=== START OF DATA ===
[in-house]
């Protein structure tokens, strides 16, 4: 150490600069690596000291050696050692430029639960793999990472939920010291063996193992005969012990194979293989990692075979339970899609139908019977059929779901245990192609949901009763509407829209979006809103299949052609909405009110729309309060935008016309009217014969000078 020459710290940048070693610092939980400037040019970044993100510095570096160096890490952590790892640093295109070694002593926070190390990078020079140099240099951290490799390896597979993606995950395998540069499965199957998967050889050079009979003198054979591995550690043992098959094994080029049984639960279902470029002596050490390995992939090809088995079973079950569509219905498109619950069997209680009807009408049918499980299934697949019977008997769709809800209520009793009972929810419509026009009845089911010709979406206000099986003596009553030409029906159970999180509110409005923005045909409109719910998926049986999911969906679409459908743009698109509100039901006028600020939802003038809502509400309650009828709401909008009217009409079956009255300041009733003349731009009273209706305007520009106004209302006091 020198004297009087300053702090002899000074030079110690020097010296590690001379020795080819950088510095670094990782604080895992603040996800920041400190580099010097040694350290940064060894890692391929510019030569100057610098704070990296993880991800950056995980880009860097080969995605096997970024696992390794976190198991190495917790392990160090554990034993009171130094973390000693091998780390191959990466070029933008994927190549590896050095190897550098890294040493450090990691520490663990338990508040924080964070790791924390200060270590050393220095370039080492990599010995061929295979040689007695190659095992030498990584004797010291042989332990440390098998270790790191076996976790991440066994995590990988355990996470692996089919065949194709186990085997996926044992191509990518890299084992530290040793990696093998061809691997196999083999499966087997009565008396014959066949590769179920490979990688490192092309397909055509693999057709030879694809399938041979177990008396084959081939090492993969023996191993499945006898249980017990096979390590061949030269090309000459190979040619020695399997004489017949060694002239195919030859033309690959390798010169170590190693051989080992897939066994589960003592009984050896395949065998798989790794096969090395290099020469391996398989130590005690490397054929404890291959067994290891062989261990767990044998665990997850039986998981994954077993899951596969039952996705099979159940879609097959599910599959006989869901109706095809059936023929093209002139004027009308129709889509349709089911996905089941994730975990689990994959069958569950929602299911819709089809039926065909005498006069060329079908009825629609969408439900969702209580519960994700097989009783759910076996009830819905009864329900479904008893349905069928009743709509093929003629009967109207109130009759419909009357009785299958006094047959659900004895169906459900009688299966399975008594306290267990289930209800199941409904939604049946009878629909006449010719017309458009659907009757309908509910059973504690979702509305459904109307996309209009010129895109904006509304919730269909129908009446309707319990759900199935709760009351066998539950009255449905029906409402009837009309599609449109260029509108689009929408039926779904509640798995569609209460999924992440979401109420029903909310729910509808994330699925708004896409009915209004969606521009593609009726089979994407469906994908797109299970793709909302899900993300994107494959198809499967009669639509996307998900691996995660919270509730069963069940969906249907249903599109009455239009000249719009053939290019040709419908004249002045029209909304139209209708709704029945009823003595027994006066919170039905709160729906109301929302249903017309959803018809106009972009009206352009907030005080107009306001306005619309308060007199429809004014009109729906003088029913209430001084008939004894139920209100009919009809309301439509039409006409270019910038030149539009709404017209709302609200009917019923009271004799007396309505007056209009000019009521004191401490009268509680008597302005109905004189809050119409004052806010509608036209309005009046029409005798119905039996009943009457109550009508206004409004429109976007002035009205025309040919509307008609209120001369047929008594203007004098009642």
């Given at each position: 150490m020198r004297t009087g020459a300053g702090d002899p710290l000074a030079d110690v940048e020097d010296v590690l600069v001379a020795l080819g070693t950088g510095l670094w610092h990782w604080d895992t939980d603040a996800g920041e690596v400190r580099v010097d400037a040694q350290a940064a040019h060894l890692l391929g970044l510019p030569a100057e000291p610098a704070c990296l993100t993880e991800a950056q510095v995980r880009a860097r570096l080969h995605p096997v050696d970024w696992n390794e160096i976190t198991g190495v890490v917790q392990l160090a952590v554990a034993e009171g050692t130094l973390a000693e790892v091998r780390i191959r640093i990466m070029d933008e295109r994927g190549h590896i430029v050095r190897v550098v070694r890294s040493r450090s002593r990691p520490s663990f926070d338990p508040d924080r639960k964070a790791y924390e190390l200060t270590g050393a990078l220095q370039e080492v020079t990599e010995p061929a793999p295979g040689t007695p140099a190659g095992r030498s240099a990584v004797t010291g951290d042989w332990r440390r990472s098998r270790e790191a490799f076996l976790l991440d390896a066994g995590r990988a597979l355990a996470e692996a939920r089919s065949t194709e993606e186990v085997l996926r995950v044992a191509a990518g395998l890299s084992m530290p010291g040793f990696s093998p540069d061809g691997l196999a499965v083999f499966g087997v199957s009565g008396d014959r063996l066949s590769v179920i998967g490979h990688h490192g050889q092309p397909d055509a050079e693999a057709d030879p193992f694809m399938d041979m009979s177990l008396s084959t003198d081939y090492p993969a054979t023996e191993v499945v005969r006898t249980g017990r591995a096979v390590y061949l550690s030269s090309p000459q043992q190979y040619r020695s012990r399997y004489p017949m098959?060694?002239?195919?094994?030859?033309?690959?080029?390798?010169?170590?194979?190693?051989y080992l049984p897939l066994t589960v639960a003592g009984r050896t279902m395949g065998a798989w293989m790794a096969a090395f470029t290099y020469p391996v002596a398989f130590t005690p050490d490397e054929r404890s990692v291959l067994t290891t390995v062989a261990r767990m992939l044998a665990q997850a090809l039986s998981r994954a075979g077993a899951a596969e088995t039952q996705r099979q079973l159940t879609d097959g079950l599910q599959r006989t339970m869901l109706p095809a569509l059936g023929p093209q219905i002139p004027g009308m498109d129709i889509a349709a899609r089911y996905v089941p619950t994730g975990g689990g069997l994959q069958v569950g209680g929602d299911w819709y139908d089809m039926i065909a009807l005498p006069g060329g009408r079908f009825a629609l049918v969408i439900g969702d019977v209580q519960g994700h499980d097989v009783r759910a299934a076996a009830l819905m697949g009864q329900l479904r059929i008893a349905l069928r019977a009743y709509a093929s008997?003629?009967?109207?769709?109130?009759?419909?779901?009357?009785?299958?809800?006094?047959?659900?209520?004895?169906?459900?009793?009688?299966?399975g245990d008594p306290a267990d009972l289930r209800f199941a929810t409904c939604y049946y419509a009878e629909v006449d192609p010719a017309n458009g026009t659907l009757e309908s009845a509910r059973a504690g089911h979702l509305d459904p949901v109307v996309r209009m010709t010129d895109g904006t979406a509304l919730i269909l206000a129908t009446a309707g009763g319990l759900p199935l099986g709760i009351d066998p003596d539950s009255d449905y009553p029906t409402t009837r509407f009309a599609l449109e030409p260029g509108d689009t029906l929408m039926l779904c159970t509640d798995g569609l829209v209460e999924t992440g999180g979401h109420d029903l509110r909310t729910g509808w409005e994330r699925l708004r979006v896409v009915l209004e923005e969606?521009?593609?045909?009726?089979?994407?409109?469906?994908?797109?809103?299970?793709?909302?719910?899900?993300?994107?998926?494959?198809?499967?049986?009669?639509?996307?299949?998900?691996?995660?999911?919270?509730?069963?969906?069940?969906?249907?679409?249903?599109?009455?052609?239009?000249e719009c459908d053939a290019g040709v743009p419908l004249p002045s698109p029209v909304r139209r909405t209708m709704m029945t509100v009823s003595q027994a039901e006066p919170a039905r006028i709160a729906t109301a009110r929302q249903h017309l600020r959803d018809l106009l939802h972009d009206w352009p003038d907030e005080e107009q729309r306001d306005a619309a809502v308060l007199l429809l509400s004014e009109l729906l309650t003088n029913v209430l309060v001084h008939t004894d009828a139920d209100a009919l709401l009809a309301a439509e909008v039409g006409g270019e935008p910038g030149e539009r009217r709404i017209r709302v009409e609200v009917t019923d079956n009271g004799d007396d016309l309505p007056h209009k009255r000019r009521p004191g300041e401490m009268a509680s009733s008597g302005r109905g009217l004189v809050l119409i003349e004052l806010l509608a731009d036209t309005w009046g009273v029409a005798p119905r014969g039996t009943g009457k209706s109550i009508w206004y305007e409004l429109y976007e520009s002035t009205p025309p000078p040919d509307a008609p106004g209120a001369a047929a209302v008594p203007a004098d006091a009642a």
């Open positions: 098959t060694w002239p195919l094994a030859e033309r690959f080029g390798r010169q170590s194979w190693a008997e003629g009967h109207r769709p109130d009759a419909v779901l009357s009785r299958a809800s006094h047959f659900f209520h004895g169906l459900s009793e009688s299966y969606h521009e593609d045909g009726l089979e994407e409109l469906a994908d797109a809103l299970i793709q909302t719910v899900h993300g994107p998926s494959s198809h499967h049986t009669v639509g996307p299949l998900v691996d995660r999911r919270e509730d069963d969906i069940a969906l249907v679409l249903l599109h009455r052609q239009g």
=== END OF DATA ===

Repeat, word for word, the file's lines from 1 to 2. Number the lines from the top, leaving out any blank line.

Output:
[in-house]
């Protein structure tokens, strides 16, 4: 150490600069690596000291050696050692430029639960793999990472939920010291063996193992005969012990194979293989990692075979339970899609139908019977059929779901245990192609949901009763509407829209979006809103299949052609909405009110729309309060935008016309009217014969000078 020459710290940048070693610092939980400037040019970044993100510095570096160096890490952590790892640093295109070694002593926070190390990078020079140099240099951290490799390896597979993606995950395998540069499965199957998967050889050079009979003198054979591995550690043992098959094994080029049984639960279902470029002596050490390995992939090809088995079973079950569509219905498109619950069997209680009807009408049918499980299934697949019977008997769709809800209520009793009972929810419509026009009845089911010709979406206000099986003596009553030409029906159970999180509110409005923005045909409109719910998926049986999911969906679409459908743009698109509100039901006028600020939802003038809502509400309650009828709401909008009217009409079956009255300041009733003349731009009273209706305007520009106004209302006091 020198004297009087300053702090002899000074030079110690020097010296590690001379020795080819950088510095670094990782604080895992603040996800920041400190580099010097040694350290940064060894890692391929510019030569100057610098704070990296993880991800950056995980880009860097080969995605096997970024696992390794976190198991190495917790392990160090554990034993009171130094973390000693091998780390191959990466070029933008994927190549590896050095190897550098890294040493450090990691520490663990338990508040924080964070790791924390200060270590050393220095370039080492990599010995061929295979040689007695190659095992030498990584004797010291042989332990440390098998270790790191076996976790991440066994995590990988355990996470692996089919065949194709186990085997996926044992191509990518890299084992530290040793990696093998061809691997196999083999499966087997009565008396014959066949590769179920490979990688490192092309397909055509693999057709030879694809399938041979177990008396084959081939090492993969023996191993499945006898249980017990096979390590061949030269090309000459190979040619020695399997004489017949060694002239195919030859033309690959390798010169170590190693051989080992897939066994589960003592009984050896395949065998798989790794096969090395290099020469391996398989130590005690490397054929404890291959067994290891062989261990767990044998665990997850039986998981994954077993899951596969039952996705099979159940879609097959599910599959006989869901109706095809059936023929093209002139004027009308129709889509349709089911996905089941994730975990689990994959069958569950929602299911819709089809039926065909005498006069060329079908009825629609969408439900969702209580519960994700097989009783759910076996009830819905009864329900479904008893349905069928009743709509093929003629009967109207109130009759419909009357009785299958006094047959659900004895169906459900009688299966399975008594306290267990289930209800199941409904939604049946009878629909006449010719017309458009659907009757309908509910059973504690979702509305459904109307996309209009010129895109904006509304919730269909129908009446309707319990759900199935709760009351066998539950009255449905029906409402009837009309599609449109260029509108689009929408039926779904509640798995569609209460999924992440979401109420029903909310729910509808994330699925708004896409009915209004969606521009593609009726089979994407469906994908797109299970793709909302899900993300994107494959198809499967009669639509996307998900691996995660919270509730069963069940969906249907249903599109009455239009000249719009053939290019040709419908004249002045029209909304139209209708709704029945009823003595027994006066919170039905709160729906109301929302249903017309959803018809106009972009009206352009907030005080107009306001306005619309308060007199429809004014009109729906003088029913209430001084008939004894139920209100009919009809309301439509039409006409270019910038030149539009709404017209709302609200009917019923009271004799007396309505007056209009000019009521004191401490009268509680008597302005109905004189809050119409004052806010509608036209309005009046029409005798119905039996009943009457109550009508206004409004429109976007002035009205025309040919509307008609209120001369047929008594203007004098009642």